• The act of the alleged offender created in the mind of the alleged victim a well-founded fear that the violence was about to take place;
  • The alleged assault was made with a deadly weapon or with a fully-formed, conscious intent to commit a felony offense upon the alleged victim;
  • The alleged victim was at the time an LEO or other protected profession;
  • The alleged offender knew the alleged victim was an LEO or other protected profession; and
  • At the time of the assault, the alleged victim was engaged in the lawful performance of his or her duties.

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Aggravated Battery on an LEO Penalties in Pinellas County

The second-degree felony offense of battery becomes a first-degree felony punishable by a minimum of five years up to 30 years in prison and/or a fine of up to $10,000 if:

  • The alleged offender intentionally touched or struck the alleged victim against his or her will or caused bodily harm to the alleged victim;
  • The alleged offender, in committing the alleged battery, used a deadly weapon or intentionally or knowingly caused great bodily harm, permanent disability, or permanent disfigurement to the alleged victim;
  • The alleged victim was at the time an LEO or other protected profession;
  • The alleged offender knew the alleged victim was an LEO or other protected profession; and
  • The alleged victim was engaged in the lawful performance of his or her duties when the battery was committed.

If an alleged offender possessed a semiautomatic firearm and its high-capacity detachable box magazine during the commission of an alleged offender, a conviction is punishable by a minimum term of imprisonment of eight years.


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Florida Assault / Battery on an LEO Resources

J.A.S.R. v. State, 967 So.2d 1050 (Fla. 5th DCA 2007)The appellant in this case was found guilty of battery of a law enforcement officer but contended in his appeal that “the evidence was insufficient to support a finding that the officer/victim was engaged in the performance of a lawful duty at the time of the alleged battery.” The police officer in this case was working in an off-duty status at an amusement park and was attempting to escort the appellant’s brother from the park when the appellant “battered” the officer by grabbing his arm and demanding he release his brother. The Fifth District Court of Appeals ruled that while the officer was wearing his police uniform, he was not engaged in the lawful performance of his or her duties and the case did not involve a situation in which an individual refused to comply with a police officer's lawful directive. The Court vacated the finding of guilt for battery of a law enforcement officer, although it noted that the evidence was sufficient to support a finding of guilt as to the lesser-included offense of battery.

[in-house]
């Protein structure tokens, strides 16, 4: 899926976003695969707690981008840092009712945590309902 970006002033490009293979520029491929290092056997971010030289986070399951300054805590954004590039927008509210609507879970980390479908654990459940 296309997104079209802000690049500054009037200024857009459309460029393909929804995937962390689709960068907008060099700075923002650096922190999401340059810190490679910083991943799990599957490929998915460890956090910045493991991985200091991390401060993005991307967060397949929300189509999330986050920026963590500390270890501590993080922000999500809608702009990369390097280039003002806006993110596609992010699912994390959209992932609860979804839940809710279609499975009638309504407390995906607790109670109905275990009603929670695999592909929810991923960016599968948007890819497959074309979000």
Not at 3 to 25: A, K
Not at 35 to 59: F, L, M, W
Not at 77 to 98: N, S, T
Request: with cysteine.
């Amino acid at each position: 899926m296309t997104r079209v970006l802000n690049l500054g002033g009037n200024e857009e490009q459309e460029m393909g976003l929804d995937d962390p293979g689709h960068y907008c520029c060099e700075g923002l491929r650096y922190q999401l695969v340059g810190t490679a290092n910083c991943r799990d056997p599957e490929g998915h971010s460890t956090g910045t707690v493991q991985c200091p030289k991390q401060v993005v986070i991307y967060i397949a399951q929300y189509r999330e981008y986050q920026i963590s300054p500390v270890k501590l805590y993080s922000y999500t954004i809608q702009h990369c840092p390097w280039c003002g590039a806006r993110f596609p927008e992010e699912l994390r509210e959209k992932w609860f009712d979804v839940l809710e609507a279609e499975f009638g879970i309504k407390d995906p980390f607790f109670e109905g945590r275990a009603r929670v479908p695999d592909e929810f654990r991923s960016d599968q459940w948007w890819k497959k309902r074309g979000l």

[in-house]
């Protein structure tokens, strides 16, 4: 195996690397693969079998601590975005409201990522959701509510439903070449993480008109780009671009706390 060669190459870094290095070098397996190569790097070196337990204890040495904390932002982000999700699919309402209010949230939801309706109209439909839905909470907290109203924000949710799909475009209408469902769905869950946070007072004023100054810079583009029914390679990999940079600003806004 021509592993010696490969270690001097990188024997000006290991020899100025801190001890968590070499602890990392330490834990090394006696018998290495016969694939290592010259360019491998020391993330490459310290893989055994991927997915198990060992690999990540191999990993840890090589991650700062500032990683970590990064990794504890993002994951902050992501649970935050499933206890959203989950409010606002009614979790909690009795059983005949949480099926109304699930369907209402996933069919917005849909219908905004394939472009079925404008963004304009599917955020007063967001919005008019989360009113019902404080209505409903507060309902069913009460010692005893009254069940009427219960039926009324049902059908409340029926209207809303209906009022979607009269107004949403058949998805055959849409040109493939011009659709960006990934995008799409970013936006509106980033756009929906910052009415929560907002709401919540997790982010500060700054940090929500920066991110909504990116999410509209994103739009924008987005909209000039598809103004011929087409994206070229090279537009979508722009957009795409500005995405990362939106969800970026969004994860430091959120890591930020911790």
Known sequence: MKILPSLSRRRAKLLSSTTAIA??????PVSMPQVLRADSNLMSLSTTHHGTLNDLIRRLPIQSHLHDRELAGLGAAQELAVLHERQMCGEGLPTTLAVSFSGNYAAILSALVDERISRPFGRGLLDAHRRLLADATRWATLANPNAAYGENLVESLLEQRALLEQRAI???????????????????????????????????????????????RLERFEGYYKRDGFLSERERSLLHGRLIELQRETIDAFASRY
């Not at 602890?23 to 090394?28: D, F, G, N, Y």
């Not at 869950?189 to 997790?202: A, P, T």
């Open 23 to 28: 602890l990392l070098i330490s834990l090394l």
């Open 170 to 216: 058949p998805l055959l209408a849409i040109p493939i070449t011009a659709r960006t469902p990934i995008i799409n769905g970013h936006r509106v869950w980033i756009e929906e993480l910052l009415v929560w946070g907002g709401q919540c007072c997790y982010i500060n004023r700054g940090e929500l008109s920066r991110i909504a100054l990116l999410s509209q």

Chapter 8 | Florida Standard Jury Instructions — Visit this section of the Florida Supreme Court website to view the full text of the standard jury instructions for assault, battery, aggravated assault, and aggravated battery on an LEO offenses. You can find more information about key definitions and lesser included offenses. While jury instructions are rarely used verbatim, these instructions are still a helpful overview of what juries will be asked to consider.


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Morris Law Firm, P.A. | St. Petersburg Assault / Battery on an LEO Defense Lawyer

If you were arrested for alleged battery or assault on a police officer or other protected class, it will be in your best interest to immediately retain legal counsel. The Morris Law Firm, P.A. represents individuals in Manatee County, Pasco County, Sarasota County, Hillsborough County, and Pinellas County.

Melinda Morris is a criminal defense attorney in St. Petersburg who understands the most effective ways to identify weaknesses in these types of cases because of her experience as a former Assistant State Attorney with the Sixth Judicial Circuit. You can have the attorneys at the Morris Law Firm provide a complete evaluation of your case when you call (727) 388-4736 or submit an online contact form to receive a free initial consultation.